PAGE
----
Naming of clubs after fanatics shouldn’t be tolerated by the GAA
If clubs really are all about the parish, then name them after the parish, not some paramilitary like Kevin Lynch
Joe Brolly: said naming of a GAA club in the North Of Ireland is no one else’s business and invited everyone to “like it or lump it”.
Kevin Lynch was a member of the Irish National Liberation Army. That means he pondered the political landscape of the North of Ireland in the 1970s and concluded his beliefs were worth killing people for. Given the sectarian history of Irish republicanism, such a conclusion mostly boils down to killing Protestants. Lynch figured killing someone was an acceptable price to pay to get what he wanted. By any reasonable definition of the word, that made him a fanatic.
Although Lynch was never convicted of killing anyone, the organisation he was a member of killed over 120 people during the Troubles. He himself was convicted of knee-capping and stealing guns. When in prison he went on hunger strike and starved himself to death in 1981.
Afterwards, the Dungiven GAA club in Derry, of which he was a member, renamed their hurling team after Lynch, a move that more than 30 years later has hit the headlines again through no less a figure than Joe Brolly.
RTÉ’s high-profile pundit reacted to criticism from unionist politicians by saying the naming of a GAA club in the North is no one else’s business and invited everyone to “like it or lump it”. This statement is so arrogant it is tempting to dismiss it as the boorish ranting of a moron oblivious to the political realities on this island, and in particular the suppurating tribal sore of politics in the North.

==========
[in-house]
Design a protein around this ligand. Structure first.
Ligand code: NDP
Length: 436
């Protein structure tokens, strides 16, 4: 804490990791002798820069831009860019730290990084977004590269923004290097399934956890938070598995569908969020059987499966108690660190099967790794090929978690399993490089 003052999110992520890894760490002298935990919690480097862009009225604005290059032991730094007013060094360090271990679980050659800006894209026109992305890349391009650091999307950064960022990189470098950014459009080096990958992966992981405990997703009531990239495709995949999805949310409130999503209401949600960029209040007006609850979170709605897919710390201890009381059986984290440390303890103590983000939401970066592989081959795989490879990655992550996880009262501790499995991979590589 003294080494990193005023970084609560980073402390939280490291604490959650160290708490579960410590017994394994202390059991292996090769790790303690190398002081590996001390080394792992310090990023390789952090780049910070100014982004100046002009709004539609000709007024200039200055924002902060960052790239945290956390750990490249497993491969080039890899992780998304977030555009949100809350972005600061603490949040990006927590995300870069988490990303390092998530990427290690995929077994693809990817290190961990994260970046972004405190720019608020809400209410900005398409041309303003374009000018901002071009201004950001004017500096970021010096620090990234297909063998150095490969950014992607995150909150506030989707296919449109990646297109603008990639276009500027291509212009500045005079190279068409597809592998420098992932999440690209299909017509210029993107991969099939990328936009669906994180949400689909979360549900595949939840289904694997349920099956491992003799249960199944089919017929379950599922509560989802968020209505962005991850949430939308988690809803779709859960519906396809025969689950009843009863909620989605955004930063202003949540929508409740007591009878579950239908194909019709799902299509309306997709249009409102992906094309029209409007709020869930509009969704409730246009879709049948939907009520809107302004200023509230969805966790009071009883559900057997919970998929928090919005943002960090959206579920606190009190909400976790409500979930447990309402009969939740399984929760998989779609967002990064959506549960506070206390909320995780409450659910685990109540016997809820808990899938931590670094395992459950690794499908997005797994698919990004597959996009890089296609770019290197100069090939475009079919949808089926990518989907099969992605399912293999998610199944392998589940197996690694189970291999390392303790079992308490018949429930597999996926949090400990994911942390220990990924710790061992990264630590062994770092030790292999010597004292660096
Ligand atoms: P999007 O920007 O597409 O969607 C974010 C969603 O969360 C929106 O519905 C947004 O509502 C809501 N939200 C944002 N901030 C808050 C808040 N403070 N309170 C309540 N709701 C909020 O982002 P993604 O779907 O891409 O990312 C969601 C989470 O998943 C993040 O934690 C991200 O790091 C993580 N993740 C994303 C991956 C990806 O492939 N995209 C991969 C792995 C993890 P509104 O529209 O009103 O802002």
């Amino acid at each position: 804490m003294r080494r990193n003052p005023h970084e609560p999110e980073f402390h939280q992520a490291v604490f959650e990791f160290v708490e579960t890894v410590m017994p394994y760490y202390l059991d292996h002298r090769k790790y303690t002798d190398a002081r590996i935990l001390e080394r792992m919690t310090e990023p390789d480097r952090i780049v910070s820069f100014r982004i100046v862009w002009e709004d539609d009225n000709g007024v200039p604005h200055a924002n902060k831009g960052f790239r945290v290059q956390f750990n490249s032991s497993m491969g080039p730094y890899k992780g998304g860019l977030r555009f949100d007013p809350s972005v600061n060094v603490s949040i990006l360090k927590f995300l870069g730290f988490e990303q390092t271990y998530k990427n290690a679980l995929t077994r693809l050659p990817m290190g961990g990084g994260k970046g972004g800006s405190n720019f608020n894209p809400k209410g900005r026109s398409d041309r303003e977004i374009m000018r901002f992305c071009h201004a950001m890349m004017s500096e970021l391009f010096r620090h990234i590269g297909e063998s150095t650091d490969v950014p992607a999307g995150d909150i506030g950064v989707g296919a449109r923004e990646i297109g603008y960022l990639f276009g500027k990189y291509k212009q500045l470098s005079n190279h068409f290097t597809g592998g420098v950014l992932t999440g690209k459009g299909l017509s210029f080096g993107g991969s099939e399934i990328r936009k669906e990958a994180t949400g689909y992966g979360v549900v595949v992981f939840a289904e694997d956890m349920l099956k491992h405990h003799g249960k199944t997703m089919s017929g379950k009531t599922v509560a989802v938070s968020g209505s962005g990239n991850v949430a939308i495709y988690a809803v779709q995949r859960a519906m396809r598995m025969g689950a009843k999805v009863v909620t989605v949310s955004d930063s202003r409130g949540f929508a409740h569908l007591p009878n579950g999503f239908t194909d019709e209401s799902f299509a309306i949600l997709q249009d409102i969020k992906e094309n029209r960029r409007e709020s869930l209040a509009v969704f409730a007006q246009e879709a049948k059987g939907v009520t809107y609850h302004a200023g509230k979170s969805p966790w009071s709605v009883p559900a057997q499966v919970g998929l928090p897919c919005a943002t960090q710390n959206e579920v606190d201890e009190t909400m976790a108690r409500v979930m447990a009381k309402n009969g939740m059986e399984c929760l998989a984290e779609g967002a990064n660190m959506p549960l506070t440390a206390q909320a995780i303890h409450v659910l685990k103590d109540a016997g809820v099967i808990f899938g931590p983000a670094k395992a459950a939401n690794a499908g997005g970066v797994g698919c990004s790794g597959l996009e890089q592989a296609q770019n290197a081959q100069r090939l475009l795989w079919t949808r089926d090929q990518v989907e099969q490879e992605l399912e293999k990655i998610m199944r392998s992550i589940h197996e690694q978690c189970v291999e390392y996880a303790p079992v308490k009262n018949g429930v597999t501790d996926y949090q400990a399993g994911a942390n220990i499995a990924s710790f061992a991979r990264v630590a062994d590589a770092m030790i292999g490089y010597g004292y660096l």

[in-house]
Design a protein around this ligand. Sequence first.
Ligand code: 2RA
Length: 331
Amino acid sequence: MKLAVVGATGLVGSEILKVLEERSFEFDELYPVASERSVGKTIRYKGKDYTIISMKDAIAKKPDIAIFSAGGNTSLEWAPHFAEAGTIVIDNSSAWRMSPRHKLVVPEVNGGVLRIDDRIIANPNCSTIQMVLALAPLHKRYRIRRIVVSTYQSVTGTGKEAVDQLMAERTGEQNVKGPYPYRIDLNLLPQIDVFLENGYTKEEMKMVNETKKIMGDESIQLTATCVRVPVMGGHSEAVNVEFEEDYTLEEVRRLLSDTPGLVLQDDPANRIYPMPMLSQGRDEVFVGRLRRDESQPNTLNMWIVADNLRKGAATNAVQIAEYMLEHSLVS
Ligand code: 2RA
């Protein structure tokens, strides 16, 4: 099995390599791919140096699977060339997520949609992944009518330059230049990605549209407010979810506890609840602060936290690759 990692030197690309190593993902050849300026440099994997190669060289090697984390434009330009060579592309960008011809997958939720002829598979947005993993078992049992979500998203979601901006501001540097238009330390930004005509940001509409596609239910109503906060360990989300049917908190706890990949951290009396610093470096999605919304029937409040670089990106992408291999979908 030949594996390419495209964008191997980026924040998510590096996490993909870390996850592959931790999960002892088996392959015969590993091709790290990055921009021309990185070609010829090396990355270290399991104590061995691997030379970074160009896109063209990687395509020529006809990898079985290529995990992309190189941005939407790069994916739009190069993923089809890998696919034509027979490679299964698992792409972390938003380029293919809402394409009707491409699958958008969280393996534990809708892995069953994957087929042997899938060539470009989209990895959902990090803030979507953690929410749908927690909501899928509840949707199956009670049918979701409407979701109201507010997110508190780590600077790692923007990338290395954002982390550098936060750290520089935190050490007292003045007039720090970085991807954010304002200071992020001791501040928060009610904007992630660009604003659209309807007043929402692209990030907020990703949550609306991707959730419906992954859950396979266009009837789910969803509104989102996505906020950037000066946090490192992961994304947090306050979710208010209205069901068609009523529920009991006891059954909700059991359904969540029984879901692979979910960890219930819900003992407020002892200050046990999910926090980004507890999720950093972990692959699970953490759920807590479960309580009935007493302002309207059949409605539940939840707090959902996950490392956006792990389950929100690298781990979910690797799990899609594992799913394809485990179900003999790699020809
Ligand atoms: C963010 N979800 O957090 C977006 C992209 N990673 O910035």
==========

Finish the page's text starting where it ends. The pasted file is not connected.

Except Brolly isn’t a moron. He is many things, but he is not a moron. In a society where walking down a street can be a political gesture, he must know how a GAA club’s continued and determined association to someone like Lynch must appear to the other side. So the fact he states he is proud of the association means he doesn’t care how it looks. So everyone can indeed lump it.
That nationalist outrage would reach stratospheric levels of indignation in the face of a similarly blatant association between a sporting club and a unionist fanatic is so self-evident it hardly needs to be outlined. But such fundamental self-awareness appears to escape Brolly. Yet he must know, better than most, how, in such a fractured society, every gesture is parsed and interpreted to within an inch of its life. That Brolly still doesn’t care how the naming of his GAA club is interpreted by the other side is his individual privilege. But surely the GAA should care.
Brolly’s comments came on the back of a landmark address by the DUP leader Peter Robinson to a GAA conference where he praised the work of Ireland’s premier sporting organisation in terms of integration. This is not an insignificant gesture. To many unionists at the height of the Troubles, the GAA was hardly an impartial bystander when it came to support for republican paramilitaries, either tacitly or otherwise.